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Water Economics

Engineering Economics Takes Two Hands

President Truman once famously asked for a one-handed economist, because they were always saying “on one hand ... but on the other ...”

Economics really does take two hands: every choice has costs and benefits. And it’s more important than ever to make smart, informed decisions when managing public resources. The pressures utilities face are rising. Information technology, social media and globalization have made our world more connected and bring increased expectations on public agencies.

Engineering and Economics Make a Perfect Pair

Many engineers will remember the engineering economics section of the P.E. exam. To some people outside the profession, engineering and economics may not seem that related at first glance, but in fact, they make a perfect pair when dealing with capital improvements and delivering effective public service infrastructure.

At its core, economics is the study of how we make decisions and allocate resources in a constrained environment. Engineers work every day with agencies to implement projects within our resource constraints, whether those resources are land, labor, materials or cost. Together we also plan for the supply of critical resources like water, wastewater collection and treatment, and stormwater management. Almost every good or service we consume relies on these basic needs.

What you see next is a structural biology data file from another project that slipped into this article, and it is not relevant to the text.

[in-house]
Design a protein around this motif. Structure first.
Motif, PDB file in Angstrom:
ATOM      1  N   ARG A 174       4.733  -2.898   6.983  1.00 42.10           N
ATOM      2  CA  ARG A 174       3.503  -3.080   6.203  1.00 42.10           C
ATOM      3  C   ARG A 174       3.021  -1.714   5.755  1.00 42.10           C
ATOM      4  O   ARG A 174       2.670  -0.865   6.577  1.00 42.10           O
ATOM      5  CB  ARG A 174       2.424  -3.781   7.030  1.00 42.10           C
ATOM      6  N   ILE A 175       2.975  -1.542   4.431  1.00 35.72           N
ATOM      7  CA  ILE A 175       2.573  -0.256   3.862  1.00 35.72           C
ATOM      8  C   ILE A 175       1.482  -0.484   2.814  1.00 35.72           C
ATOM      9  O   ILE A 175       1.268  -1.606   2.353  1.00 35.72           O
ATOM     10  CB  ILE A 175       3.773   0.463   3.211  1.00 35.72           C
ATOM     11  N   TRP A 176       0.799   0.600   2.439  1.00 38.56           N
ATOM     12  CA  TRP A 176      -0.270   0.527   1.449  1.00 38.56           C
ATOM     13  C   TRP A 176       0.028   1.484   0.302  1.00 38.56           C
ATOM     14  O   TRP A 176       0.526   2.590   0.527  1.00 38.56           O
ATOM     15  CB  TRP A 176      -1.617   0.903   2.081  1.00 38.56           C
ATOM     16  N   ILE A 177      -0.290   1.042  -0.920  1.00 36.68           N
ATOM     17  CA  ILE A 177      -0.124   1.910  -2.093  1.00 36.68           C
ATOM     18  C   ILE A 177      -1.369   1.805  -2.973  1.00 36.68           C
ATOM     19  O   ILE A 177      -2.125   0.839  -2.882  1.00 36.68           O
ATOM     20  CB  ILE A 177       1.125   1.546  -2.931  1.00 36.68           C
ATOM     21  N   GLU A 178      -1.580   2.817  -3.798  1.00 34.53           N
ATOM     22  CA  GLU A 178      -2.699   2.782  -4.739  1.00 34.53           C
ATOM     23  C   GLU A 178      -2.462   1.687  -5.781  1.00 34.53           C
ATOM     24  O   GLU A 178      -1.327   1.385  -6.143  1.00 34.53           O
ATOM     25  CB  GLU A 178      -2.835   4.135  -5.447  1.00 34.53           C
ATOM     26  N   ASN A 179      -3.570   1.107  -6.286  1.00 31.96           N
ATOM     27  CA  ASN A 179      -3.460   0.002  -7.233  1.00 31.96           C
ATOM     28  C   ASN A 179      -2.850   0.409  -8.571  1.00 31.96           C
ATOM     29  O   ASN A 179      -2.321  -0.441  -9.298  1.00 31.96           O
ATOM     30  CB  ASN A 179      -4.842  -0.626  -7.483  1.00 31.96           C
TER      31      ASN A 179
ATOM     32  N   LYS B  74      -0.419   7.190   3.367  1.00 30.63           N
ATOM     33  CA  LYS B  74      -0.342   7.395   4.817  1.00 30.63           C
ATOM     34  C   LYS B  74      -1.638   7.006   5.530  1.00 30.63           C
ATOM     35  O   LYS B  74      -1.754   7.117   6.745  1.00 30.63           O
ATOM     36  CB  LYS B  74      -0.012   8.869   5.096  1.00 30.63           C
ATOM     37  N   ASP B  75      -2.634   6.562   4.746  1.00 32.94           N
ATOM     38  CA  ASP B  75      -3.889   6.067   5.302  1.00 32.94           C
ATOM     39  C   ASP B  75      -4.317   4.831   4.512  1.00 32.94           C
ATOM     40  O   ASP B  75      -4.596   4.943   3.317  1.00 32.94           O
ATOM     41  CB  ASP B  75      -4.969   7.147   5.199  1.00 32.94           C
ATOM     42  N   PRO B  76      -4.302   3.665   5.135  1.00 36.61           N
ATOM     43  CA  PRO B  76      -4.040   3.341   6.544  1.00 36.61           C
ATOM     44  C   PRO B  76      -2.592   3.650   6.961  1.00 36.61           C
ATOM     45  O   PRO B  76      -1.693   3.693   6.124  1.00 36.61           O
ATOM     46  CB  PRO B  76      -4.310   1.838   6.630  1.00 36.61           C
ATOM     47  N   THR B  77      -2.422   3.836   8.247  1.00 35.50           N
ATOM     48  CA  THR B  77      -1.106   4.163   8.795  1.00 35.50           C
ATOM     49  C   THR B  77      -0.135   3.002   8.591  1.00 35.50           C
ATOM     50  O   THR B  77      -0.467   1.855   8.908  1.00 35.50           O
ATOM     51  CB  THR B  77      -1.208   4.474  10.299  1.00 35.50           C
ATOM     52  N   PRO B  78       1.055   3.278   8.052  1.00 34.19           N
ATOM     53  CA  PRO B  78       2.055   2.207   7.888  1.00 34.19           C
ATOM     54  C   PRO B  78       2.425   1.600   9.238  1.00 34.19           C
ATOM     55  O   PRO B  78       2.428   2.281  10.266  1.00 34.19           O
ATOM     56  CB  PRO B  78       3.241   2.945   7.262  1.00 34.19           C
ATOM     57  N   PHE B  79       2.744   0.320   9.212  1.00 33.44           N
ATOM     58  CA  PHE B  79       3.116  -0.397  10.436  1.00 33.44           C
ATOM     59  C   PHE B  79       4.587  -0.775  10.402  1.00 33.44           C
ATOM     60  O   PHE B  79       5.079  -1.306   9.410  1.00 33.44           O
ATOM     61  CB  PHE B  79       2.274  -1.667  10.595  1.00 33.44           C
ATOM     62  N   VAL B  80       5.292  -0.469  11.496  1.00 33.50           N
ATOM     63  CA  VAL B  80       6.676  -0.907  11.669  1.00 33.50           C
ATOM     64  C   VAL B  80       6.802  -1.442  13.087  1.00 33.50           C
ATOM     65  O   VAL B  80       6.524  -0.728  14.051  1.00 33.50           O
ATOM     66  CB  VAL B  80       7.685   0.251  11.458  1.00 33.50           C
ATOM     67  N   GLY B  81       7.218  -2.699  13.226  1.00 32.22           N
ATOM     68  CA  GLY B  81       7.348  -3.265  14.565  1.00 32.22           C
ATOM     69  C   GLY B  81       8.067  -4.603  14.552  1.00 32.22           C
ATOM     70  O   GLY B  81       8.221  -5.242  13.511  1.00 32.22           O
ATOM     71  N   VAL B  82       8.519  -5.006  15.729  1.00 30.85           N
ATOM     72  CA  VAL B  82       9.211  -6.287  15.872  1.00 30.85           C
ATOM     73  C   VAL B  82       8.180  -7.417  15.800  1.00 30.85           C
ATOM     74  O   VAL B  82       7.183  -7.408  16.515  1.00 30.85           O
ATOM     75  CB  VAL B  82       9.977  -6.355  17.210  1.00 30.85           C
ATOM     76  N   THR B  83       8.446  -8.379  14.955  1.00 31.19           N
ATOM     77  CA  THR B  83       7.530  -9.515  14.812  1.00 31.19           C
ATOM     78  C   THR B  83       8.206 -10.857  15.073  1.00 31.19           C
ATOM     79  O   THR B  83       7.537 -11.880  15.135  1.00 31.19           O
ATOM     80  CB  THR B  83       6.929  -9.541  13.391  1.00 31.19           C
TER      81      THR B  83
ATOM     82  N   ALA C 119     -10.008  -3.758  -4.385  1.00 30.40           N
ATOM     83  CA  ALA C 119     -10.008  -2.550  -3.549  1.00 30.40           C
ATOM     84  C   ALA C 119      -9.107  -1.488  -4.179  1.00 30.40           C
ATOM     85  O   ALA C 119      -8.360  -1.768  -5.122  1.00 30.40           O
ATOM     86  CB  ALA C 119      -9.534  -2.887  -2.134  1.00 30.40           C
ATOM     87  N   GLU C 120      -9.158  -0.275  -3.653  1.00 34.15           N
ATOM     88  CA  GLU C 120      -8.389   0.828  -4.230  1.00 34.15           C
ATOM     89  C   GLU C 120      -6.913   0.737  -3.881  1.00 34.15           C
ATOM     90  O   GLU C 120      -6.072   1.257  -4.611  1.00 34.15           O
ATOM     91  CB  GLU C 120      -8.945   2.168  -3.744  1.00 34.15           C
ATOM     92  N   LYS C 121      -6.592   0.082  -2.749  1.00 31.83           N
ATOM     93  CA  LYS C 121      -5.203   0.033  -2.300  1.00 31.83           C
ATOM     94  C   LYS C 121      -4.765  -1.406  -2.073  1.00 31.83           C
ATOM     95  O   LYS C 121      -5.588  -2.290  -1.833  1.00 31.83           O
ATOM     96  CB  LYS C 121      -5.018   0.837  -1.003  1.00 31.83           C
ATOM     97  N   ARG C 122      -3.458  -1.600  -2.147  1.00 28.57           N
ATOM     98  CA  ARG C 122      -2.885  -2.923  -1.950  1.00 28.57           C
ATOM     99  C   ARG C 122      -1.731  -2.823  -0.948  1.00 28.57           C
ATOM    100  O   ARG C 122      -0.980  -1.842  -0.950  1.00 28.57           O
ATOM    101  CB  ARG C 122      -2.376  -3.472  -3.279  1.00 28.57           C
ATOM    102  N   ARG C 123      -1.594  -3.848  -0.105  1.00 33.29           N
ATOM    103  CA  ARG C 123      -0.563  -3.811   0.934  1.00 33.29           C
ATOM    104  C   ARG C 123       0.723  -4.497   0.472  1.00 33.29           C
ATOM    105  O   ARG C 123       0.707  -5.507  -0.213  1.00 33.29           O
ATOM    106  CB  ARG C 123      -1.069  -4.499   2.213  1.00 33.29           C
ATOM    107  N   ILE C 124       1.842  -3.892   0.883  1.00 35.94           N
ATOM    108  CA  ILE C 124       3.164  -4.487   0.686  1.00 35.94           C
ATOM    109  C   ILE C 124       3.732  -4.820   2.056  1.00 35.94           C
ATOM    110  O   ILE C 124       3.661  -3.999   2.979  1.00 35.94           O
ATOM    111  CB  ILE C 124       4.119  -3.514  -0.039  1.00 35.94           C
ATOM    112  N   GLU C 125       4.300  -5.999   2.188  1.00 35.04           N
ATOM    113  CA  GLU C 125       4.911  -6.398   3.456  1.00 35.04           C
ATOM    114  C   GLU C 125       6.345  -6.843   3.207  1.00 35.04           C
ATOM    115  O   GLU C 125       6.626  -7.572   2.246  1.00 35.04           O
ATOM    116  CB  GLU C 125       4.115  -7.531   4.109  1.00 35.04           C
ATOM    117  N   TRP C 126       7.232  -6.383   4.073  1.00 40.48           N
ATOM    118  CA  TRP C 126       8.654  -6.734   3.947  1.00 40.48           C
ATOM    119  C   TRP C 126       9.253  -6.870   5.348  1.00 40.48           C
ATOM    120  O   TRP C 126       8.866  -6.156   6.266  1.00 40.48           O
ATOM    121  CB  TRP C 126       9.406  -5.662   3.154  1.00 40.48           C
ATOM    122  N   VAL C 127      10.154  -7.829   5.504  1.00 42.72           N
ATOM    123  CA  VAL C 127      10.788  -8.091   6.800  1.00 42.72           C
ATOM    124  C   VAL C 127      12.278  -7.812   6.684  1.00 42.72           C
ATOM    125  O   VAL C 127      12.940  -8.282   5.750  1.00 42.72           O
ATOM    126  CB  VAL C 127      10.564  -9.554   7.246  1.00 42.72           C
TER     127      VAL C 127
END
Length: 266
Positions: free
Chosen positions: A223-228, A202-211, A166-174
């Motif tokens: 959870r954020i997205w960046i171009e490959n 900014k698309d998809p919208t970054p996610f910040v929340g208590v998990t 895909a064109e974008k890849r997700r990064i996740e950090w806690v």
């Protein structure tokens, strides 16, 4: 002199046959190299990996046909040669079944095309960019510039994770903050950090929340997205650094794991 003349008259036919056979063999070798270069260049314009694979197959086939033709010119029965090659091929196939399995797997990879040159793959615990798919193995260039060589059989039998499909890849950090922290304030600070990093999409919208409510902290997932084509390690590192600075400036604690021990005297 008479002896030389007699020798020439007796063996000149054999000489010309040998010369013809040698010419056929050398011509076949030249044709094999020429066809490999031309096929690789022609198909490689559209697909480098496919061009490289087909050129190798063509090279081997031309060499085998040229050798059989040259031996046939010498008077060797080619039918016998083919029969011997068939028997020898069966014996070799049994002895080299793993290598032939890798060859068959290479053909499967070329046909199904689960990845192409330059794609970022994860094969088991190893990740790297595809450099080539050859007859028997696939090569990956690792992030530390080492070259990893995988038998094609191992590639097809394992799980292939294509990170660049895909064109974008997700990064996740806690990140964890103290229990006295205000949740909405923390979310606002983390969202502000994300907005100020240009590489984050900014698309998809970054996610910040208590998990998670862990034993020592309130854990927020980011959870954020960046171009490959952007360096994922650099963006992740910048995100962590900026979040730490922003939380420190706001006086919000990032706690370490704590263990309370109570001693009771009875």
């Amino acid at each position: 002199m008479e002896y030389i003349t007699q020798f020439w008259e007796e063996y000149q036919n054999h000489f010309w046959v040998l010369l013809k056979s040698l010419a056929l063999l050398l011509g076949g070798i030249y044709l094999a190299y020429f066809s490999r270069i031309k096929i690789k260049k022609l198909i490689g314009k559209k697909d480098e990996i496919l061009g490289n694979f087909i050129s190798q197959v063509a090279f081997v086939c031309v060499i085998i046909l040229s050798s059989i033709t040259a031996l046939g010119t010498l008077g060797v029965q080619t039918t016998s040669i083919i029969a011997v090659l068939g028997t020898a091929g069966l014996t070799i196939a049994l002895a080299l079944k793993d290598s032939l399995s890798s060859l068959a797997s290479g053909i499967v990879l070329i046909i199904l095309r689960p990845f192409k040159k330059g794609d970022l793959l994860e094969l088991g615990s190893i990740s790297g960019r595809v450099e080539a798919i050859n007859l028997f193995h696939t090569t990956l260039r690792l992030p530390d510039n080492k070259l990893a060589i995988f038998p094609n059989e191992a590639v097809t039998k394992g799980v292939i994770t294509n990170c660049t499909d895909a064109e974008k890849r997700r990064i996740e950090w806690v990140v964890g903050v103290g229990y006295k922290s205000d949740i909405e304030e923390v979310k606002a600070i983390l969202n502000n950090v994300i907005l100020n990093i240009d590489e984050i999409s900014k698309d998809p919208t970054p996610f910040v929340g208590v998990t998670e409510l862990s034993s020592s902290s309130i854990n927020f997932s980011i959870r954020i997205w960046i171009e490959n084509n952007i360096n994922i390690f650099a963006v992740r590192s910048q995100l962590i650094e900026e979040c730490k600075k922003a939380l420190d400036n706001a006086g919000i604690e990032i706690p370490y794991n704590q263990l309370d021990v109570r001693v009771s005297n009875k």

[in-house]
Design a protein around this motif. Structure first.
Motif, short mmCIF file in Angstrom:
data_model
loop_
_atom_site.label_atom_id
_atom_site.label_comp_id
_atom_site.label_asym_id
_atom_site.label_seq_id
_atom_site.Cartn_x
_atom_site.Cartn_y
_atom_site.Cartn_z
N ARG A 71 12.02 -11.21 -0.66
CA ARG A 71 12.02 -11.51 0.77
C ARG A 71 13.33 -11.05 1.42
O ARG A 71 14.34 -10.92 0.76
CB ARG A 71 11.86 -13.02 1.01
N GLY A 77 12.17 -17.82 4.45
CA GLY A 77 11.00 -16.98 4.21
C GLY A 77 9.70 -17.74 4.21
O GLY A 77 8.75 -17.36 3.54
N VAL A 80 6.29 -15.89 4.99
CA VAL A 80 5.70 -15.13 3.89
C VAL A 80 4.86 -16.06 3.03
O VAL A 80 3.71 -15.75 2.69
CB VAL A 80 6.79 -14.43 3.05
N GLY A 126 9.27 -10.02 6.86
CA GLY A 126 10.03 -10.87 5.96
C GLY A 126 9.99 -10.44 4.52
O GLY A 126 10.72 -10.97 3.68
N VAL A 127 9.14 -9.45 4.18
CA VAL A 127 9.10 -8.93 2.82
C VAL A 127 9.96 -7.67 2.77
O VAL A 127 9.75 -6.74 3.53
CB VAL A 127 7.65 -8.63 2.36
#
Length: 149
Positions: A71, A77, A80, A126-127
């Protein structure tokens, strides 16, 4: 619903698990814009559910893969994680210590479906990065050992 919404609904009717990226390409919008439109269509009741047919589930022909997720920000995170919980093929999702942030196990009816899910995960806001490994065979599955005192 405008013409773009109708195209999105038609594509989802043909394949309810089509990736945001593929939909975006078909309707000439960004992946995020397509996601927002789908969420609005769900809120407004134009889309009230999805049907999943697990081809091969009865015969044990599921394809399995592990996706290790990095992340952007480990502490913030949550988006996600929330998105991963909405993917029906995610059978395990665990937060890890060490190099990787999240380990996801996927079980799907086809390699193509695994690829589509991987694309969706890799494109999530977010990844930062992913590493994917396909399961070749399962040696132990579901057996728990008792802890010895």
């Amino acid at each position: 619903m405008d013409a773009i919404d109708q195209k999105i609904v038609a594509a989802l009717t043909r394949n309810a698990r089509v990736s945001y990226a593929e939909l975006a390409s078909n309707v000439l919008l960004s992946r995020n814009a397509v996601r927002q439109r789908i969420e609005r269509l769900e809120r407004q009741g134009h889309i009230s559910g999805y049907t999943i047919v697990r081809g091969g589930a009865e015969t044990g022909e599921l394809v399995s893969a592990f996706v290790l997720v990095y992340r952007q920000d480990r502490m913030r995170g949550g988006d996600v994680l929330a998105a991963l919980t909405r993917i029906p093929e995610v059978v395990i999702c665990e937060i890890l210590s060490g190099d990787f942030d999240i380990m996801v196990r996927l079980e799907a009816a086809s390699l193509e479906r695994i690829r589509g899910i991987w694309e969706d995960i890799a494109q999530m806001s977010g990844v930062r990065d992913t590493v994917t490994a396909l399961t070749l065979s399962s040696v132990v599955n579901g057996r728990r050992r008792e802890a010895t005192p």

Introducing our Two-Handed Economics Series

Our Two-Handed Economics series explores how we bring an economic mindset to projects in order to offer new ideas and frameworks for planning. Our first article examines how to optimize capital improvement program implementation. Future articles in the series will cover a number of topics that relate to infrastructure investment, implementation, and best practices for using economic models in decision making. We will tackle ideas such as:

  • Financial planning for mega projects and programs 
  • Consumer confidence in water
  • Strategic funding
  • Market externalities and national policy 
  • Decision science
  • Risk modeling
  • Cost-benefit analysis
  • Business case evaluation
  • Dynamic prioritization and asset renewal forecasting 
  • Presenting decisions to stakeholders

Learn How To Excel in CIP Planning

Optimizing the implementation of Capital Improvement Program ensures that projects align with community goals while bringing best value for cost. This process starts by evaluating value and risk for each project or alternative. Identifying how projects add value and reduce risk leads to prioritization and smart, phased implementation. 

About Capital improvement Program Planning